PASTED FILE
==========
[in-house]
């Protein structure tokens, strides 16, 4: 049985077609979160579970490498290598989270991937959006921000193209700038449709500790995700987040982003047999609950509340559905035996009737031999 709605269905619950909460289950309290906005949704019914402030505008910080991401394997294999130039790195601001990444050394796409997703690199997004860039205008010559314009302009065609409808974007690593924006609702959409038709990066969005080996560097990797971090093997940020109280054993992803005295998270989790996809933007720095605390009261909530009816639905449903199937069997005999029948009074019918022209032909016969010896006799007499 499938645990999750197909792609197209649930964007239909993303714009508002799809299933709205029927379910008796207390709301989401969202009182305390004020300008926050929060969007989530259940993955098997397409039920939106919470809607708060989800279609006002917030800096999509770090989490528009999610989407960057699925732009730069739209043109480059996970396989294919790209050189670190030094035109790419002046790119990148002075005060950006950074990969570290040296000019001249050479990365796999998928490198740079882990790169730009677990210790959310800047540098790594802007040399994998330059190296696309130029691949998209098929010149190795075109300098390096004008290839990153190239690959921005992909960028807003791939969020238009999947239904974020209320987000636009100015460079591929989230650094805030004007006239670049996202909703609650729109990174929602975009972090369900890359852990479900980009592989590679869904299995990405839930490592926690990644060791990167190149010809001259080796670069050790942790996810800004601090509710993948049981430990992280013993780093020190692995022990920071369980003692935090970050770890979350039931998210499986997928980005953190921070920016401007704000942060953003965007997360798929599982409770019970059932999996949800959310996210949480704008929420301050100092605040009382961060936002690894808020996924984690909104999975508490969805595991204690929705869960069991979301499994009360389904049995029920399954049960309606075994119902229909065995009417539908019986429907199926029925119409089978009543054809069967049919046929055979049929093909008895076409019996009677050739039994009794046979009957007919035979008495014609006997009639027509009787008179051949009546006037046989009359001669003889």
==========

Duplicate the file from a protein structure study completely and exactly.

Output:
[in-house]
């Protein structure tokens, strides 16, 4: 049985077609979160579970490498290598989270991937959006921000193209700038449709500790995700987040982003047999609950509340559905035996009737031999 709605269905619950909460289950309290906005949704019914402030505008910080991401394997294999130039790195601001990444050394796409997703690199997004860039205008010559314009302009065609409808974007690593924006609702959409038709990066969005080996560097990797971090093997940020109280054993992803005295998270989790996809933007720095605390009261909530009816639905449903199937069997005999029948009074019918022209032909016969010896006799007499 499938645990999750197909792609197209649930964007239909993303714009508002799809299933709205029927379910008796207390709301989401969202009182305390004020300008926050929060969007989530259940993955098997397409039920939106919470809607708060989800279609006002917030800096999509770090989490528009999610989407960057699925732009730069739209043109480059996970396989294919790209050189670190030094035109790419002046790119990148002075005060950006950074990969570290040296000019001249050479990365796999998928490198740079882990790169730009677990210790959310800047540098790594802007040399994998330059190296696309130029691949998209098929010149190795075109300098390096004008290839990153190239690959921005992909960028807003791939969020238009999947239904974020209320987000636009100015460079591929989230650094805030004007006239670049996202909703609650729109990174929602975009972090369900890359852990479900980009592989590679869904299995990405839930490592926690990644060791990167190149010809001259080796670069050790942790996810800004601090509710993948049981430990992280013993780093020190692995022990920071369980003692935090970050770890979350039931998210499986997928980005953190921070920016401007704000942060953003965007997360798929599982409770019970059932999996949800959310996210949480704008929420301050100092605040009382961060936002690894808020996924984690909104999975508490969805595991204690929705869960069991979301499994009360389904049995029920399954049960309606075994119902229909065995009417539908019986429907199926029925119409089978009543054809069967049919046929055979049929093909008895076409019996009677050739039994009794046979009957007919035979008495014609006997009639027509009787008179051949009546006037046989009359001669003889």